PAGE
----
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1970s: Family Policy

Until the 1970s, the family policies of the armed services rested on the premise that women’s responsibilities as wives and mothers took precedence over their military careers. As a result, women were involuntarily discharged for pregnancy and for having minor children in the home. They were also allowed to request discharges upon marriage (an option not given to male military personnel).(View TSgt Virginia ManziView TSgt Virginia Manzi’s honorable discharge papers.honorable discharge papers.)

Married servicewomen did not receive the same benefits as men, such as military housing for families, and their spouses were not entitled to family medical care routinely available to servicemen’s wives—unless they could prove their husbands and children were, infact, dependent.

As equal rights for women and the Equal Rights Amendment became a national concern, the military gradually acknowledged the need to confront gender discrimination and establish more flexible family policies if they were to attract and retain women. Pragmatism defined this acknowledgement. By 1975, the percentage of women leaving the armed services was alarming and without them, the military could not offset manpower shortages brought on by ending the draft.

Even so, most senior officers, including female officers, argued against policy changes, particularly those for pregnancy and parenthood. In 1970, WAC Director COL Elizabeth Hoisington wrote:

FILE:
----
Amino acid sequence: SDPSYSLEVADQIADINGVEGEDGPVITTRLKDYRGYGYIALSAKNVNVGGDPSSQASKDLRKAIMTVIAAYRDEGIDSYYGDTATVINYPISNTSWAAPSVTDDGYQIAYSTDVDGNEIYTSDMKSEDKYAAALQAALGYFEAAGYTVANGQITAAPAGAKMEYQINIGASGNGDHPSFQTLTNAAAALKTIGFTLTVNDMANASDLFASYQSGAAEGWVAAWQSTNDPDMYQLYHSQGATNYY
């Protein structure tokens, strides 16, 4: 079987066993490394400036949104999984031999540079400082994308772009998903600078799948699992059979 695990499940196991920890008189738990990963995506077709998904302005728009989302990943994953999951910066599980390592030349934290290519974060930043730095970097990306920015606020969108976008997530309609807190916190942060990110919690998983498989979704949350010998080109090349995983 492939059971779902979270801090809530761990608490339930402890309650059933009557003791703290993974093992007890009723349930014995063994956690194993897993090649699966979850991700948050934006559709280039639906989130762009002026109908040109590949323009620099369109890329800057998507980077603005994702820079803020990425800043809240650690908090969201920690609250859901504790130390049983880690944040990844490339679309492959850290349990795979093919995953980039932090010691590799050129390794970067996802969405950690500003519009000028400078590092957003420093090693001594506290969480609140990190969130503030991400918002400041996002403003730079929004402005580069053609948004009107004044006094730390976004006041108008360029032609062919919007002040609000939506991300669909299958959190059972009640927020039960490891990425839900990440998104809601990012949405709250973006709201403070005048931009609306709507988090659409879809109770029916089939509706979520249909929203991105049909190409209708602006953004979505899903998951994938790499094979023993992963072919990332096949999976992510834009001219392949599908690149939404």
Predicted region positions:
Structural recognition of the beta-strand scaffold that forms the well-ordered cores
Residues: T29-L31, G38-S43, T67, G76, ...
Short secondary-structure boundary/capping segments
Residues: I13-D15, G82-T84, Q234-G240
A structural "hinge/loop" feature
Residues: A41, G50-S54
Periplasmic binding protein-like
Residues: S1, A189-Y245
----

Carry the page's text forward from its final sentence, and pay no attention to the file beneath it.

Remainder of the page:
In reviewing … proposals on separation regulations for women in the Army, I can only conjecture that they are based on the notion that the Army discriminates against women by requiring their separation when they become pregnant. It is a fact that a woman has freedom of choice in deciding whether or not she will become pregnant. If she elects, therefore, to become pregnant and deliberately incapacitates herself … how has the Army discriminated against her?

In May 1975, the Department of Defense (DoD) ordered the armed forces to rescind involuntary discharge for pregnancy–although women could still choose to resign. The services complied, but they were not happy, even though studies showed that men lost more time from work than women and that their absences cost the military more.

In fact, DoD studies indicated that, except for the Air Force, enlisted men generally had a higher amount of time lost to work than pregnant women—primarily because of desertion, Absent Without Leave (AWOL), or alcohol or drug abuse. The services abandoned efforts to regain the authority to discharge women for pregnancy, accepted the associated time lost and medical costs, continued to debate women’s usefulness to military preparedness, and dealt with complaints of preferential treatment in job assignments for pregnant women.

A rash of legal actions challenging gender discrimination helped to provoke change during the decade. In 1973, the Supreme Court declared in Frontiero v. Richardson that it was unconstitutional to require a female member of the armed forces to prove that her civilian spouse and unmarried minor children were dependent upon her in order to obtain entitlements such as medical care and housing.

By 1976, in the case of Crawford v. Cushman, the Second Circuit court held that the Marine Corps’ regulation requiring discharge of a pregnant Marine as soon as pregnancy is discovered violated the Fifth Amendment. Other suits in district courts challenged involuntary discharge for women with minor children in the home, involuntary discharge for pregnancy in the Navy, the National Guard and other services.

While legal decisions and official policy expanded equality for women within the armed forces during the 1970s, accompanying attitudinal changes occurred more slowly. The relationship between women’s family roles and a military career remained a highly emotional and subjective issue during subsequent eras.